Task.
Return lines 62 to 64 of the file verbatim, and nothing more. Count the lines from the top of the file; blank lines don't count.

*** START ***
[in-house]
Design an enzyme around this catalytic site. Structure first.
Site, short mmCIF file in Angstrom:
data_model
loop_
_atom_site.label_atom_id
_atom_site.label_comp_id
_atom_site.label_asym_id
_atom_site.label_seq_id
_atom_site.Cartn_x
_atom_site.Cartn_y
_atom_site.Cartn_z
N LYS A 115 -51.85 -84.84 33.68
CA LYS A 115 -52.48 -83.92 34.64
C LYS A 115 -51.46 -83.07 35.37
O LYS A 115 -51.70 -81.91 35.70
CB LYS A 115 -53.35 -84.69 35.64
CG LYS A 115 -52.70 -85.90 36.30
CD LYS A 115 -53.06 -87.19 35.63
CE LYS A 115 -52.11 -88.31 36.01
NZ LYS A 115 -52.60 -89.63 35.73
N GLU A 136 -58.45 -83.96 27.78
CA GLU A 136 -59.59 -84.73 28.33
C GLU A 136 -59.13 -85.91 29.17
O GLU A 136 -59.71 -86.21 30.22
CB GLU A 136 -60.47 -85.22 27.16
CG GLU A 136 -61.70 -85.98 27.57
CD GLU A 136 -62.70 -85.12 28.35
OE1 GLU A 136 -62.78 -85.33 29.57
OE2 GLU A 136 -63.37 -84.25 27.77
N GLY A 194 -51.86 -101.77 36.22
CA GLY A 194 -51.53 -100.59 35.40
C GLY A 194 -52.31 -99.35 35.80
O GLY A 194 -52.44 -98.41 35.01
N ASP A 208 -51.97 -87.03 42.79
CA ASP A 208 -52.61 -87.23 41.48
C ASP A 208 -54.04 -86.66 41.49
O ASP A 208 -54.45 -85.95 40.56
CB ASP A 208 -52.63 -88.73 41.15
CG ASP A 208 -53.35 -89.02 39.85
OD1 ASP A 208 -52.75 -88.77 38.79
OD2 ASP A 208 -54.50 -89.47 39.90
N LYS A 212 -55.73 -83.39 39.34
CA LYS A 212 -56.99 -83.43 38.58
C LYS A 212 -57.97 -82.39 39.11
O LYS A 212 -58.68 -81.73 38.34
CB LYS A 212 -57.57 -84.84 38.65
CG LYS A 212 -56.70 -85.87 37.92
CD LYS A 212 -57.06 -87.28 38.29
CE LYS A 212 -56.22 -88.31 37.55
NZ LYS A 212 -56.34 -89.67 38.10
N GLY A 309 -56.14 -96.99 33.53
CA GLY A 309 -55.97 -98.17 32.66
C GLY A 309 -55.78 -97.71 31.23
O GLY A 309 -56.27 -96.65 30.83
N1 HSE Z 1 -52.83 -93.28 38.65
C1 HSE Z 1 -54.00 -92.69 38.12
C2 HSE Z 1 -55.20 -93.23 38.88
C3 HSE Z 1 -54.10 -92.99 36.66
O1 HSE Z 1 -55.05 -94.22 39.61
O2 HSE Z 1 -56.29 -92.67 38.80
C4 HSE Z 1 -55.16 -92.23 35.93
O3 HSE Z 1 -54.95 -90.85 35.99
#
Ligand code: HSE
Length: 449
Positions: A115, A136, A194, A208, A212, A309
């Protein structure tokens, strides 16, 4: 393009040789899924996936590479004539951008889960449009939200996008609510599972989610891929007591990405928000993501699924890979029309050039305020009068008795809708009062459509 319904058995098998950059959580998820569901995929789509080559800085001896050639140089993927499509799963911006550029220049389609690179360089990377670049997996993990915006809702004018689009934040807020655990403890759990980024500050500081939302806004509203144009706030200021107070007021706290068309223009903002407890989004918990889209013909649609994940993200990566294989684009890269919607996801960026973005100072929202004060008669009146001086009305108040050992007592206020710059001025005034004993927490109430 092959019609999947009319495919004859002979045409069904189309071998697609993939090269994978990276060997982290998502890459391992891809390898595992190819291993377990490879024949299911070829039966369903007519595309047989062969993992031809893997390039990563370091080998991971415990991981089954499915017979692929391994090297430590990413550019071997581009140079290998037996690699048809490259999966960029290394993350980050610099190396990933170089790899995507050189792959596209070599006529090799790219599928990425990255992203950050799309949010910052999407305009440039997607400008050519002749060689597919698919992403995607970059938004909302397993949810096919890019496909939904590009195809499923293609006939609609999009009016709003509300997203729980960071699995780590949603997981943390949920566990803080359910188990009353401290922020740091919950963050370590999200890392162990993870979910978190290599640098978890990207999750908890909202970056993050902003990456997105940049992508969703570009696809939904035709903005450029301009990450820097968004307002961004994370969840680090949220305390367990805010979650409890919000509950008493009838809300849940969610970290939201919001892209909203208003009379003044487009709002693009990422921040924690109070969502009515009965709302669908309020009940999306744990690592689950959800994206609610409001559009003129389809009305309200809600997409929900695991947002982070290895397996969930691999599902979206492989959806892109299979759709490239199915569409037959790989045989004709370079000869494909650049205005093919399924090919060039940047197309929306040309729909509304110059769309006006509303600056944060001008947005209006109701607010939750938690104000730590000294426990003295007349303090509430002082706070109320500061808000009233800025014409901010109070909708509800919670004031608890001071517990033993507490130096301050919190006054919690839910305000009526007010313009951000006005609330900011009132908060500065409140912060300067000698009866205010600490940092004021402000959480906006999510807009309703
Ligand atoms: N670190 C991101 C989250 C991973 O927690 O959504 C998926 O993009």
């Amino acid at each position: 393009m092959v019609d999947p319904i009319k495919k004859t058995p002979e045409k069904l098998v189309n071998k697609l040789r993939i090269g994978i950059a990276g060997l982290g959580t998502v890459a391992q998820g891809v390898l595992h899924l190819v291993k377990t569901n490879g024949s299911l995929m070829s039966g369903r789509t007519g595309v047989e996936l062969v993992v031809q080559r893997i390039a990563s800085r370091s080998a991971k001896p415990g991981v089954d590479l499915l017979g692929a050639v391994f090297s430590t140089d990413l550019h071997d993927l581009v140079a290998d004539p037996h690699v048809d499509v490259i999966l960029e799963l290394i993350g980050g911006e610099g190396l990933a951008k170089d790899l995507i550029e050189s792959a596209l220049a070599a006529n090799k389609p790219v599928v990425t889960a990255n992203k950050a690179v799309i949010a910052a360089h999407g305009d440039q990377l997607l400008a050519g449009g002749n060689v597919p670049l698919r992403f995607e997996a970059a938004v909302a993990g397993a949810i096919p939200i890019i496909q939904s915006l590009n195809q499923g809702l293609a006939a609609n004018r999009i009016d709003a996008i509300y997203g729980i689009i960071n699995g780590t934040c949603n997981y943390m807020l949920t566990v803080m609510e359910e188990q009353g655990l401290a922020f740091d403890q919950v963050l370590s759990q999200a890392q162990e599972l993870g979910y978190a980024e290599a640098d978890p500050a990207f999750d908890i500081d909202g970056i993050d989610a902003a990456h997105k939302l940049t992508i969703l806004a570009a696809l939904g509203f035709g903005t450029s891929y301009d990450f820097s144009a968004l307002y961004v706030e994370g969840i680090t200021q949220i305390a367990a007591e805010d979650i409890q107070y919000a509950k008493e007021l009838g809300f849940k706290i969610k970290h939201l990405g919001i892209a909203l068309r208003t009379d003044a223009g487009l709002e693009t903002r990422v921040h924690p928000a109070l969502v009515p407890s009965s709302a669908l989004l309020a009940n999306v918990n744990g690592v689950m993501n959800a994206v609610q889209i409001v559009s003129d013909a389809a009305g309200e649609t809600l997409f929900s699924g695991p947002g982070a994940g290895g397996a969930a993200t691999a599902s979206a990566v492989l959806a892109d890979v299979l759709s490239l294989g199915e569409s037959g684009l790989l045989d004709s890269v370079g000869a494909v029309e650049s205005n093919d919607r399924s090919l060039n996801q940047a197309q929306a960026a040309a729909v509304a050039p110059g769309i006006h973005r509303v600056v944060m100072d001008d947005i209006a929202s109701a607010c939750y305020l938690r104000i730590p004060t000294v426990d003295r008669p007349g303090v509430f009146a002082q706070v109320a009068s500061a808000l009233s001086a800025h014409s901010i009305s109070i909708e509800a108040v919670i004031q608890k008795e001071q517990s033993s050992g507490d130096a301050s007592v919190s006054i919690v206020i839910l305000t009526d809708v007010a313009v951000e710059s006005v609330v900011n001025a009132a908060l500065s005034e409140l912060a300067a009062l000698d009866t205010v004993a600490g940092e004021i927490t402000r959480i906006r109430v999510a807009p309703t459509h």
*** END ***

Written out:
C4 HSE Z 1 -55.16 -92.23 35.93
O3 HSE Z 1 -54.95 -90.85 35.99
#